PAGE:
With the world’s oceans becoming choked with plastic, it’s easy to see that it’s probably not a good thing. And when scientists in Australia found that corals on the Great Barrier Reef readily eat micro-plastic pollution, they were concerned. The reef is already threatened by the effects of climate change, problems from land-based run-offs, fishing, and expanding coastal development.
“Corals are non-selective feeders and our results show that they can consume microplastics when the plastics are present in seawater. If microplastic pollution increases on the Great Barrier Reef, corals could be negatively affected as their tiny stomach-cavities become full of indigestible plastic” said Dr. Mia Hoogenboom, a Chief Investigator with the ARC Centre of Excellence for Coral Reef Studies at James Cook University and a lead author of the study
Proving that it is not impossible to be kicked off the police force for attacking someone, a Florida police dog has been taken off K9 duty after biting a doughnut shop employee, three months after biting another officer.
According to the Sun-Sentinel, Renzo, a 4-year-old Belgian Malinois, escaped from a Coconut Creek police cruiser and attacked a doughnut shop employee last week, biting him on the calf.
Last November, Renzo bit a police officer while he was tracking a suspect, wounding the officer’s leg.
AMERICAN AND BRITISH spies hacked into the internal computer network of the largest manufacturer of SIM cards in the world, stealing encryption keys used to protect the privacy of cellphone communications across the globe, according to top-secret documents provided to The Intercept by National Security Agency whistleblower Edward Snowden.
The hack was perpetrated by a joint unit consisting of operatives from the NSA and its British counterpart Government Communications Headquarters, or GCHQ. The breach, detailed in a secret 2010 GCHQ document, gave the surveillance agencies the potential to secretly monitor a large portion of the world’s cellular communications, including both voice and data.
The company targeted by the intelligence agencies, Gemalto, is a multinational firm incorporated in the Netherlands that makes the chips used in mobile phones and next-generation credit cards. Among its clients are AT&T, T-Mobile, Verizon, Sprint and some 450 wireless network providers around the world. The company operates in 85 countries and has more than 40 manufacturing facilities. One of its three global headquarters is in Austin, Texas and it has a large factory in Pennsylvania.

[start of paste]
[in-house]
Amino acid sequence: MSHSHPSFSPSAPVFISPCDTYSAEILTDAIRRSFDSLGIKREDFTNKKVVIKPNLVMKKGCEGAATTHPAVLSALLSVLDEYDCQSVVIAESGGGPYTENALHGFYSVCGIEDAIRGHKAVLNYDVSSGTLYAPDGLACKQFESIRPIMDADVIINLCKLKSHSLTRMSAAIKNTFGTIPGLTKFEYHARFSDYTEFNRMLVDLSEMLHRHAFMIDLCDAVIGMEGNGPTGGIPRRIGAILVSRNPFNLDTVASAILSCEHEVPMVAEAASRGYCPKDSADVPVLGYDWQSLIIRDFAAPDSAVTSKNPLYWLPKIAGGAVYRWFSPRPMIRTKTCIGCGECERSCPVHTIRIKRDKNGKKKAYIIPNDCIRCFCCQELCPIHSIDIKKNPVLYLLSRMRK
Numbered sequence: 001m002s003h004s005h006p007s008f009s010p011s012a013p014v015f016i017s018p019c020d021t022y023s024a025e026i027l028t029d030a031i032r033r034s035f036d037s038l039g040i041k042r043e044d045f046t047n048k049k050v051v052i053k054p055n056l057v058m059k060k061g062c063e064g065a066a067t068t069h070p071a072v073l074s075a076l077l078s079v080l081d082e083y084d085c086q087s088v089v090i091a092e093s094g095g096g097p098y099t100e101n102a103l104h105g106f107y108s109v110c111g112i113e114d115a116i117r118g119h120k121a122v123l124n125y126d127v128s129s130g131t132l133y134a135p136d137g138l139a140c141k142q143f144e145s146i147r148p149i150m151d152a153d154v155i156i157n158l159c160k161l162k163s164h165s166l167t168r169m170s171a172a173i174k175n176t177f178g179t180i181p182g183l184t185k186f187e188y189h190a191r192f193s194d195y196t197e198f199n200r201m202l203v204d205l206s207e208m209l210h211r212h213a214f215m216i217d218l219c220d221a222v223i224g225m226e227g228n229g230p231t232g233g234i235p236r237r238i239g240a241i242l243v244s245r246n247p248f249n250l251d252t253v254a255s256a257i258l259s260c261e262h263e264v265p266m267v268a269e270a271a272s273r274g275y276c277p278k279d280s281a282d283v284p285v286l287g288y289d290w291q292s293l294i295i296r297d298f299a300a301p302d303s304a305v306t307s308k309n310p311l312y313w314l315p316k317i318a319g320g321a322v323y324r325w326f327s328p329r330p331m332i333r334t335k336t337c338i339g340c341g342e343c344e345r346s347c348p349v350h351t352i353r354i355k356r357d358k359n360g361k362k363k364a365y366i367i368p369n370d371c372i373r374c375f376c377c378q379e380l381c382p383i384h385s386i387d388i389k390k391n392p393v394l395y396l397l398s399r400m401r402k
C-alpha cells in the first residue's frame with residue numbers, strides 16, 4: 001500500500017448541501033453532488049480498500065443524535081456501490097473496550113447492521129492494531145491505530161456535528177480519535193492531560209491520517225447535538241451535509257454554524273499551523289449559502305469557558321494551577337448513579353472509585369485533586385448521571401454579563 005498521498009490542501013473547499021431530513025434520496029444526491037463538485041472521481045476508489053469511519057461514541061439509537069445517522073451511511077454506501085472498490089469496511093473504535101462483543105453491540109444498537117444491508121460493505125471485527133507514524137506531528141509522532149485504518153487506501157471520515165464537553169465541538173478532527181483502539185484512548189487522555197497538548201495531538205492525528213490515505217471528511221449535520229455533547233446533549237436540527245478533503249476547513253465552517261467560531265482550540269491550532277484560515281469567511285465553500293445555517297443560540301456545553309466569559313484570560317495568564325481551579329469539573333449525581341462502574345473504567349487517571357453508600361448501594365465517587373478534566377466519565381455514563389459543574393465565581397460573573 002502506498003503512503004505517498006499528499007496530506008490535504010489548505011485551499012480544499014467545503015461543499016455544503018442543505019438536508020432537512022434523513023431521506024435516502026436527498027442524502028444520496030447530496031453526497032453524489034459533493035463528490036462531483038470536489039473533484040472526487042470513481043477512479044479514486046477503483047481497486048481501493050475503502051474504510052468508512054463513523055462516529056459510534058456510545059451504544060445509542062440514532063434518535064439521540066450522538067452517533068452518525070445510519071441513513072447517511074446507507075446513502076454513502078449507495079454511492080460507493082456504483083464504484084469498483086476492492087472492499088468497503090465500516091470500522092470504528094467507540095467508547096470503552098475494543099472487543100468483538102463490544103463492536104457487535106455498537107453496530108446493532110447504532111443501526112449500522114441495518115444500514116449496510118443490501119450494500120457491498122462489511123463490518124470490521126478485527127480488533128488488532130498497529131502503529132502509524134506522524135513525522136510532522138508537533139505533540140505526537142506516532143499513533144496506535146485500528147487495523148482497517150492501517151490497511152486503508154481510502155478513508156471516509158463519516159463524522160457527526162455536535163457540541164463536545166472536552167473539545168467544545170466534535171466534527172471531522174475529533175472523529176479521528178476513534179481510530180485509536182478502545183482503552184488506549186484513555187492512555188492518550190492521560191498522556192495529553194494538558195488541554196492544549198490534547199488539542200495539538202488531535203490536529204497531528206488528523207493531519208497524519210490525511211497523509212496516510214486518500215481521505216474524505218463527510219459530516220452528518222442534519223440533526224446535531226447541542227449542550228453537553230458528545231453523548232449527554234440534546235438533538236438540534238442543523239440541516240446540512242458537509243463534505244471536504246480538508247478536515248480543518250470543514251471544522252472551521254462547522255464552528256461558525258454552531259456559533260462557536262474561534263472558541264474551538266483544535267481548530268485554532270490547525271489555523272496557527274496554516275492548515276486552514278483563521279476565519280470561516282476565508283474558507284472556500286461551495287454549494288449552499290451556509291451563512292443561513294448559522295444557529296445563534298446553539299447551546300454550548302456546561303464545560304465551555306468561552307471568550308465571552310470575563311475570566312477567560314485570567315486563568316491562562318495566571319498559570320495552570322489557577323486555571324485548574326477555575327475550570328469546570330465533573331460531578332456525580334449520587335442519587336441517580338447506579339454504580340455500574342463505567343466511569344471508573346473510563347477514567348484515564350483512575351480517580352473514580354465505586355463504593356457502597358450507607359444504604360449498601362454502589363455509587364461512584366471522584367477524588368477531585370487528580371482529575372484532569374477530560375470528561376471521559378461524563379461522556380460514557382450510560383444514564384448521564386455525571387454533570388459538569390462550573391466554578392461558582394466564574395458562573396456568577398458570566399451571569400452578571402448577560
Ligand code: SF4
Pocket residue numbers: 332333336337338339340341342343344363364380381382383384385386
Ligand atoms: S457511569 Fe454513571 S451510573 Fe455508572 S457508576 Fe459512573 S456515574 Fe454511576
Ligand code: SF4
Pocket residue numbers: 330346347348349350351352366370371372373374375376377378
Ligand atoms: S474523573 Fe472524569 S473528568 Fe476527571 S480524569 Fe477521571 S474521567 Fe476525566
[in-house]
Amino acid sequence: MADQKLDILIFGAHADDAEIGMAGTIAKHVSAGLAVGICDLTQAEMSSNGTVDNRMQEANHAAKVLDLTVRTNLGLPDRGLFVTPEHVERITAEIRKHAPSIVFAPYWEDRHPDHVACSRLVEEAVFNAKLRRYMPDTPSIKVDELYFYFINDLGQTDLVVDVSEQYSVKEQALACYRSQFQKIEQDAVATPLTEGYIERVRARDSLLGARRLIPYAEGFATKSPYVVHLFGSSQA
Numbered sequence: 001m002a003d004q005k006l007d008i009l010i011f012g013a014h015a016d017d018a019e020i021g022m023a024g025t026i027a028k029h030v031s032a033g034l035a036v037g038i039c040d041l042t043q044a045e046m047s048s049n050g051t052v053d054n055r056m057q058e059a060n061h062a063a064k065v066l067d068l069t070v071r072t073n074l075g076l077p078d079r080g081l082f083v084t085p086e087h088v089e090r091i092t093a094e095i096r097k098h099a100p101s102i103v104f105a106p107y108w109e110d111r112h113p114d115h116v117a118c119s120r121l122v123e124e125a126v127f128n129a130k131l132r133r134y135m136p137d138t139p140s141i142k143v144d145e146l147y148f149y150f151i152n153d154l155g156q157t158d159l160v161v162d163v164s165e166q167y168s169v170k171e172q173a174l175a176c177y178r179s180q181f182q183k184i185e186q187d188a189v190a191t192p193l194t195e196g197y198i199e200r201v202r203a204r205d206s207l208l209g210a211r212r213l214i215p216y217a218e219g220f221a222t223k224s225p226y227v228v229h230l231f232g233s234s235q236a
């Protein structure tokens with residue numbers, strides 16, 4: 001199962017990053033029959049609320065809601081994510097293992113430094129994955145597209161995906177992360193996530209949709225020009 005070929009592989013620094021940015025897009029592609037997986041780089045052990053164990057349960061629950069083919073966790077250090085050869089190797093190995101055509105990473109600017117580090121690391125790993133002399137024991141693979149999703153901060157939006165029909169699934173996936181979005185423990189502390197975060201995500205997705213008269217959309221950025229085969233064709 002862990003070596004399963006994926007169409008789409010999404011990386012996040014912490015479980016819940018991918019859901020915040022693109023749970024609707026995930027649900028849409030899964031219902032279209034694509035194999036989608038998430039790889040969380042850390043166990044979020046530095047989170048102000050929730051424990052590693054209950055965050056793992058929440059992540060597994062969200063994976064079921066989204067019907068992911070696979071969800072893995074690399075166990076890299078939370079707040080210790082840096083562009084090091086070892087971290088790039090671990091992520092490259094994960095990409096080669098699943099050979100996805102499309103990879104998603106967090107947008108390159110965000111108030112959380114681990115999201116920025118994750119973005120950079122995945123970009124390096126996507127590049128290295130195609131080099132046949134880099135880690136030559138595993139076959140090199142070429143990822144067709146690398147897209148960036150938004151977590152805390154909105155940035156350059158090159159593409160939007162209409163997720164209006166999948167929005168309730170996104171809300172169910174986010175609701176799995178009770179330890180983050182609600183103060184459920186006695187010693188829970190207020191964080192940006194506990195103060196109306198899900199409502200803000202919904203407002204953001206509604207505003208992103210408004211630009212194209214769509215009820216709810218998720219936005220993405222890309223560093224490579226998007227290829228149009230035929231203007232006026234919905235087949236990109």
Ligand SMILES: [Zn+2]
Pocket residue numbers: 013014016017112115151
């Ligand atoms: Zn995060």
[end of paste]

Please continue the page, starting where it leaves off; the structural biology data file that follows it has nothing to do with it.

In all, Gemalto produces some 2 billion SIM cards a year. Its motto is “Security to be Free.”
A prominent academic and climate change denier’s work was funded almost entirely by the energy industry, receiving more than $1.2m from companies, lobby groups and oil billionaires over more than a decade, newly released documents show.
Over the last 14 years Willie Soon, a researcher at the Harvard-Smithsonian Centre for Astrophysics, received a total of $1.25m from Exxon Mobil, Southern Company, the American Petroleum Institute (API) and a foundation run by the ultra-conservative Koch brothers, the documents obtained by Greenpeace through freedom of information filings show.
According to the documents, the biggest single funder was Southern Company, one of the country’s biggest electricity providers that relies heavily on coal.
The documents draw new attention to the industry’s efforts to block action against climate change – including President Barack Obama’s power-plant rules.
Unlike the vast majority of scientists, Soon does not accept that rising greenhouse gas emissions since the industrial age are causing climate changes. He contends climate change is driven by the sun.
Last week I wrote about a snail with an iron-plated shell that lives around deep-sea hydrothermal vents, where the water tops 750 degrees F and toxic chemicals swirl. They’re about as close to hell as you can get on Earth. But down in Antarctica, there’s a polar-opposite (yeesh) ecosystem of brutally low temperatures, damn near 28.4 degrees F—the freezing point of seawater.
Yet even there, life flourishes. And one group of fishes, the notothenioids, swims in those frigid waters nearly carefree, thanks to very special blood loaded with antifreeze. Some of these fish have even done away with oxygen-carrying red blood cells altogether, adopting thin, crystal-clear blood that doesn’t get as viscous as the temperatures drop. These fishes are tougher than you. So much tougher than you.
Several important fish species that for centuries have been part of the staple diet of people in the Mediterranean region are abandoning sub-tropical seas because the water is too warm and are heading north.
Sardines, which for generations have been the most abundant commercial fish species in Portugal, are moving away. They are now established in the North Sea, and are being caught in the Baltic—a sea that until recently was normally frozen over in the winter.
Sardines, anchovies and mackerel—three fish species that are important in the diet of many southern European and North African countries—have been studied by scientists trying to discover how climate change and warming seas are affecting their distribution.
As well as the affect on the fishing industry, the abundance or disappearance of these species is crucial for many other marine species that rely on them for food.
A pioneering study, published in Global Change Biology, analysed 57,000 fish censuses conducted over 40 years, and has tracked the movement of these fish during this period.
It confirms that the continued increase in water temperature has altered the structure and functioning of marine ecosystems across the world. But it also shows that the effect has been greater in the North Atlantic, with increases of up to 1.3 ºC in the average temperature over the last 30 years.